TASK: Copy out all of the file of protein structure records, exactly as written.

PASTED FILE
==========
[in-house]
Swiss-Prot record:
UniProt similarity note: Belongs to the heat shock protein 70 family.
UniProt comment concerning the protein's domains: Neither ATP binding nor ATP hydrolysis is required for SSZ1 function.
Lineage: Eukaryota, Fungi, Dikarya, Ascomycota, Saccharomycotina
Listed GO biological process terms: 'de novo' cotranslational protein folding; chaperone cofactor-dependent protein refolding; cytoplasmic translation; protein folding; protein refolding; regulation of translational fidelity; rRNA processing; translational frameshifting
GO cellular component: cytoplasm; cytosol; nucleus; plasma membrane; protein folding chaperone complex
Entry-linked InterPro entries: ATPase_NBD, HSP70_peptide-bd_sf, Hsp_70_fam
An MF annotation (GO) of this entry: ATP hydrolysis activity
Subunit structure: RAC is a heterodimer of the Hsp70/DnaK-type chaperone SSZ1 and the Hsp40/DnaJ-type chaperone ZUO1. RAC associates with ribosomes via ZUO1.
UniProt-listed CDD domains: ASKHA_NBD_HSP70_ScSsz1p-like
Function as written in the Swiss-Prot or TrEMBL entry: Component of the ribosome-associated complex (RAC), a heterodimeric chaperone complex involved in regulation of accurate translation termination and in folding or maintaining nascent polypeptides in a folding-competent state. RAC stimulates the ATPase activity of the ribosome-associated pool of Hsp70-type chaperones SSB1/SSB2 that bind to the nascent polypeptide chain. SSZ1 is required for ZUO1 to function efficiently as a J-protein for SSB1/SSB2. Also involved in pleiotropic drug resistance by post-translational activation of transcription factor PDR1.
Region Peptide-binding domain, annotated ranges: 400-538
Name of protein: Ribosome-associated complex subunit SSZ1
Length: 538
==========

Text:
[in-house]
Swiss-Prot record:
UniProt similarity note: Belongs to the heat shock protein 70 family.
UniProt comment concerning the protein's domains: Neither ATP binding nor ATP hydrolysis is required for SSZ1 function.
Lineage: Eukaryota, Fungi, Dikarya, Ascomycota, Saccharomycotina
Listed GO biological process terms: 'de novo' cotranslational protein folding; chaperone cofactor-dependent protein refolding; cytoplasmic translation; protein folding; protein refolding; regulation of translational fidelity; rRNA processing; translational frameshifting
GO cellular component: cytoplasm; cytosol; nucleus; plasma membrane; protein folding chaperone complex
Entry-linked InterPro entries: ATPase_NBD, HSP70_peptide-bd_sf, Hsp_70_fam
An MF annotation (GO) of this entry: ATP hydrolysis activity
Subunit structure: RAC is a heterodimer of the Hsp70/DnaK-type chaperone SSZ1 and the Hsp40/DnaJ-type chaperone ZUO1. RAC associates with ribosomes via ZUO1.
UniProt-listed CDD domains: ASKHA_NBD_HSP70_ScSsz1p-like
Function as written in the Swiss-Prot or TrEMBL entry: Component of the ribosome-associated complex (RAC), a heterodimeric chaperone complex involved in regulation of accurate translation termination and in folding or maintaining nascent polypeptides in a folding-competent state. RAC stimulates the ATPase activity of the ribosome-associated pool of Hsp70-type chaperones SSB1/SSB2 that bind to the nascent polypeptide chain. SSZ1 is required for ZUO1 to function efficiently as a J-protein for SSB1/SSB2. Also involved in pleiotropic drug resistance by post-translational activation of transcription factor PDR1.
Region Peptide-binding domain, annotated ranges: 400-538
Name of protein: Ribosome-associated complex subunit SSZ1
Length: 538